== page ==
DRIVING in Petaling Jaya at night has become a guessing game for motorists unfamiliar with the areas as boomgates are lowered and oil barrels are rolled onto the roads to block access to the neighbourhood.
These obstructions have been set up by residents associations throughout the city in the hope of curbing crime and allowing residents to feel safer in their own homes.
These associations have to first send in applications to the Petaling Jaya City Council (MBPJ) before approval is given for them to begin work on their gated and guarded security scheme.
Once permission is given, security guards are employed and access roads are cordoned off as assemblymen and councillors visit the area to launch the scheme.
Unfortunately, those not living in the area but who have to use the roads are caught in the middle and have to endure all kinds of obstacles to find their way around.
In many places, neighbourhoods that used to have up to five access roads are almost completely cut off, with only one accessible at any one time.
At the points where access is allowed, security guards are posted and, most of the time, they just wave drivers through.
However, there is some attempt to stop motorists to record their particulars and find out why they want to enter an area and who they are visiting.
Why do they need to ask such questions, and do they even have a right to do so? After all, the access points are public roads.
There have also been complaints from some residents who do not subscribe to their security schemes, claiming that the security guards made it harder for them to enter their own neighbourhoods.
Several guards admitted to giving non-members of the scheme a hard time but said they had no choice as they were merely following the instructions given by the residents association.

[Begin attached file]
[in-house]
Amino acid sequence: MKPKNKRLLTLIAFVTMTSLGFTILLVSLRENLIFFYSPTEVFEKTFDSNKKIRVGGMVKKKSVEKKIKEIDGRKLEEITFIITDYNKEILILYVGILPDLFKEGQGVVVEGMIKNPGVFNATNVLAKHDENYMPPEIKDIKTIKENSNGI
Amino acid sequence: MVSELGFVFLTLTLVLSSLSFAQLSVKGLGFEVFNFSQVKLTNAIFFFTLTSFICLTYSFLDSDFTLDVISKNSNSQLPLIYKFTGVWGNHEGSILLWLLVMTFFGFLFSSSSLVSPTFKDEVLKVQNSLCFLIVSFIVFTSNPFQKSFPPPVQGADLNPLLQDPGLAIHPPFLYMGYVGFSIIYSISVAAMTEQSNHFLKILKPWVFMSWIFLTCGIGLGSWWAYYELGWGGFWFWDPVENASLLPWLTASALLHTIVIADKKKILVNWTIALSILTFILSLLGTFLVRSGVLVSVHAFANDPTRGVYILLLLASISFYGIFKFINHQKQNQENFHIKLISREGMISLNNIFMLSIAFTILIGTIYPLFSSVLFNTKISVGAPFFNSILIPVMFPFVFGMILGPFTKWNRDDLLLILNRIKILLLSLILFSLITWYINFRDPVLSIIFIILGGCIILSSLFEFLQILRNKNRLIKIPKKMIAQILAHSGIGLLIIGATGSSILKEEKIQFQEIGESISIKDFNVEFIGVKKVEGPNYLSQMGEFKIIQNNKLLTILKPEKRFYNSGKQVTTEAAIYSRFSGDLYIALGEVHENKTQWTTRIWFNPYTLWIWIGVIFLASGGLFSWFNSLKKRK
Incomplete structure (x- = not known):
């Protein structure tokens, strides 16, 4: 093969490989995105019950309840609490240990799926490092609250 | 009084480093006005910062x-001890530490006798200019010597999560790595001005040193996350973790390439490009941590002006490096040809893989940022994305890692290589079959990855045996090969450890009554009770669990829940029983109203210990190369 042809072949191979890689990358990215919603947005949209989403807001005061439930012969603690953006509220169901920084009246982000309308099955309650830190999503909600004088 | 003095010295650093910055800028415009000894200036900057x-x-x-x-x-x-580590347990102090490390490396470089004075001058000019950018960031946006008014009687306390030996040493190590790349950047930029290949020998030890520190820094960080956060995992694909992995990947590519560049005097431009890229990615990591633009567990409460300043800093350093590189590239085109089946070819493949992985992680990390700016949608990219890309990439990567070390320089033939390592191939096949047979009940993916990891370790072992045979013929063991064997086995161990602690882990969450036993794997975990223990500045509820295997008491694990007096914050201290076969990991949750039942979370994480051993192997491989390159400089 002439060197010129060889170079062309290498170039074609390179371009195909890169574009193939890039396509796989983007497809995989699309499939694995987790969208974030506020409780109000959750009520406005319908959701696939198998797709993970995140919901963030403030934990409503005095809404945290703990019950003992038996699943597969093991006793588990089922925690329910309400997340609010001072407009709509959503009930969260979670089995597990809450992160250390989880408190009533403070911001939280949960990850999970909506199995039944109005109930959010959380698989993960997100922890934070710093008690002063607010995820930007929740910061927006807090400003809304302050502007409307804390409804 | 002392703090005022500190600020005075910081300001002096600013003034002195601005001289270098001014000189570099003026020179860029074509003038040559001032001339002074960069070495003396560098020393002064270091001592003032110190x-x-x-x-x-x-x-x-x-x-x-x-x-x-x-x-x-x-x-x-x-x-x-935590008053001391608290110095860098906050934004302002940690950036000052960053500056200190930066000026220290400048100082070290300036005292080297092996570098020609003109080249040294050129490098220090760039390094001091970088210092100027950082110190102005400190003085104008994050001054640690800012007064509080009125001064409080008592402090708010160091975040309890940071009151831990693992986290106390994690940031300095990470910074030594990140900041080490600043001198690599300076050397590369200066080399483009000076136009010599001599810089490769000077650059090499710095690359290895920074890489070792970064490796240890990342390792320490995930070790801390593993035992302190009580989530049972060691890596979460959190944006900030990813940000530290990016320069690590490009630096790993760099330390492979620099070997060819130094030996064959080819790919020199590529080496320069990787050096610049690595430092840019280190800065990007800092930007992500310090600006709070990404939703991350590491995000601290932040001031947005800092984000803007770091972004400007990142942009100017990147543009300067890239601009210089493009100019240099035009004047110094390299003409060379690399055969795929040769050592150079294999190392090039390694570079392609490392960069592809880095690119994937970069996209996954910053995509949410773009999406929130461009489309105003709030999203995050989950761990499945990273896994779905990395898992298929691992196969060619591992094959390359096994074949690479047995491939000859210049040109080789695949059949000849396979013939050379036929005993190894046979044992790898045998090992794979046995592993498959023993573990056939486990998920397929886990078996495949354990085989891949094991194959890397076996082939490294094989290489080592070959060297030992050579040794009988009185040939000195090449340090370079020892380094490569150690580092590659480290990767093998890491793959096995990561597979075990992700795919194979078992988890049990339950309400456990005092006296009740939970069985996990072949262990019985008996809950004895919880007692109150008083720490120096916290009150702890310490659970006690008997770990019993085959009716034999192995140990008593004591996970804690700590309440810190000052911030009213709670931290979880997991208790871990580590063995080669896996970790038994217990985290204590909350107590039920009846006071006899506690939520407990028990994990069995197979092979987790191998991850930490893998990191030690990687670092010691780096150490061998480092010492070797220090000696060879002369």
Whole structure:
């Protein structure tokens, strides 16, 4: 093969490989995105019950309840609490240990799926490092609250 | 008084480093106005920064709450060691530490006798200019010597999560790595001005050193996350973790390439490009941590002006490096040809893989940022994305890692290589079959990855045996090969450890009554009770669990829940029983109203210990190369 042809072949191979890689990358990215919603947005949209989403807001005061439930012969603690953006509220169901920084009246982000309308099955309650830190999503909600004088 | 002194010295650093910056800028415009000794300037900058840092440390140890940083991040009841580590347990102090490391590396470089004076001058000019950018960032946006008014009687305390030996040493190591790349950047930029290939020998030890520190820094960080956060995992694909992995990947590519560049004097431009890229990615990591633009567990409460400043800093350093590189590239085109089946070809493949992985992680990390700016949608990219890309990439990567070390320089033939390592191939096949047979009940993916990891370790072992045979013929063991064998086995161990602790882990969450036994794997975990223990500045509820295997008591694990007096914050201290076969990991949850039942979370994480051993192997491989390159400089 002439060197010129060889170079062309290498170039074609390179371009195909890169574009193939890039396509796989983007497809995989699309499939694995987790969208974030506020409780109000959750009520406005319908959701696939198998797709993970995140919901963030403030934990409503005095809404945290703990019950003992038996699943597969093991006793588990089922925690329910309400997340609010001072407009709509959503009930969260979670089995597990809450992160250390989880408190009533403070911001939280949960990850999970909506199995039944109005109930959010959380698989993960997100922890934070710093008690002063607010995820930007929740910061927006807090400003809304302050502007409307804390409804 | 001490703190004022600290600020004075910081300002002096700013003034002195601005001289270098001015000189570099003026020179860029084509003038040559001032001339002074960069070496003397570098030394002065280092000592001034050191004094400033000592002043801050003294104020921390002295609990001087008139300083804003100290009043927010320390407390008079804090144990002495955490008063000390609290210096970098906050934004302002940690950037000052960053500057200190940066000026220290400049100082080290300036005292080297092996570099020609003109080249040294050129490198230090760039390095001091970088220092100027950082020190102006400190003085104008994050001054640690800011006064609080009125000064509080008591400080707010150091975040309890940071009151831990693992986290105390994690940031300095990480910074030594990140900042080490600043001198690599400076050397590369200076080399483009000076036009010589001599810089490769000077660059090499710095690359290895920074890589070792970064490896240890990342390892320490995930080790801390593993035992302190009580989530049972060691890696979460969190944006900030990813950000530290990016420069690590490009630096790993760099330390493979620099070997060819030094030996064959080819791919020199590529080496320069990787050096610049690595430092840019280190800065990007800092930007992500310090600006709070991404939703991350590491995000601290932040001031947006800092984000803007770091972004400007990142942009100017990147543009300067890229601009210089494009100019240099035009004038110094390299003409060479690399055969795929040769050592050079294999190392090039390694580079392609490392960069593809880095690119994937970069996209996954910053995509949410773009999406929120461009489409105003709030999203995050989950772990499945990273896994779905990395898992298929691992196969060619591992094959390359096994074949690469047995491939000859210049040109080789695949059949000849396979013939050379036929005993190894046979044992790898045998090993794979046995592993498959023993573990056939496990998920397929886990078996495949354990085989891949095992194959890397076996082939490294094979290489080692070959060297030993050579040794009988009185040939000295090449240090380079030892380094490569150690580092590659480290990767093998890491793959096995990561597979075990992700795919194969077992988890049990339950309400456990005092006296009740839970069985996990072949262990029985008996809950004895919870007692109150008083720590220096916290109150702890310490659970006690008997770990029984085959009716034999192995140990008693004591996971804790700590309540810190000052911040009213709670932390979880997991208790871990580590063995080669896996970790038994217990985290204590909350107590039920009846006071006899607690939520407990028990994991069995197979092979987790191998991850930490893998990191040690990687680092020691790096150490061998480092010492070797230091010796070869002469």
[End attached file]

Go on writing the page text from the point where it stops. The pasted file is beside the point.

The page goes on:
Some also said they had been yelled at by irate motorists who kicked up a storm when they found out that the roads had been blocked.
“We try our best to explain the situation but they do not understand that we have no choice but to listen to what we are told to do,” a guard who wished to remain anonymous said.
Crime may be rampant in the city but to simply set up a boom gate and padlock it at midnight, without the slightest regard to an emergency in the wee hours, is selfish and could lead to untoward incidents.
We were told that only certain guards and residents on the security committees hold keys to the padlocks on the boom gates.
Ambulance drivers who are not familiar with the area may find themselves late in attending to a patient because, even with the best GPS device money can buy, he would not be able to get to a house on time as the nearest access could be blocked off.
Fire department corporate communications head Morni Mamat said blocking off access to housing areas could slow down the response time of fire trucks trying to reach the scene of an incident.
“In the event of a fire or any other emergency, an extra 10 minutes can make a lot of difference and could even result in the loss of lives.
“Furthermore, when we take a longer time to arrive, people say that we are not efficient,” Morni said.
He also said some of the back- lanes meant for fire trucks and emergency vehicles have been closed off by residents associations.
“We understand that residents need security but they should also consider the safety aspect,” he said.
There have also been numerous complaints from residents who do not subscribe to their respective security schemes, claiming that security guards were taking it out on them.
At present certain areas like SS2, Taman Megah Mas, Damansara Utama, Damansara Jaya, Kampung Tunku and Bandar Utama have full fledged gated and guarded security schemes.
Some of the areas have begun closing off certain access roads round-the-clock while others have different operational hours, the most common being between 11pm and 6am the following day.
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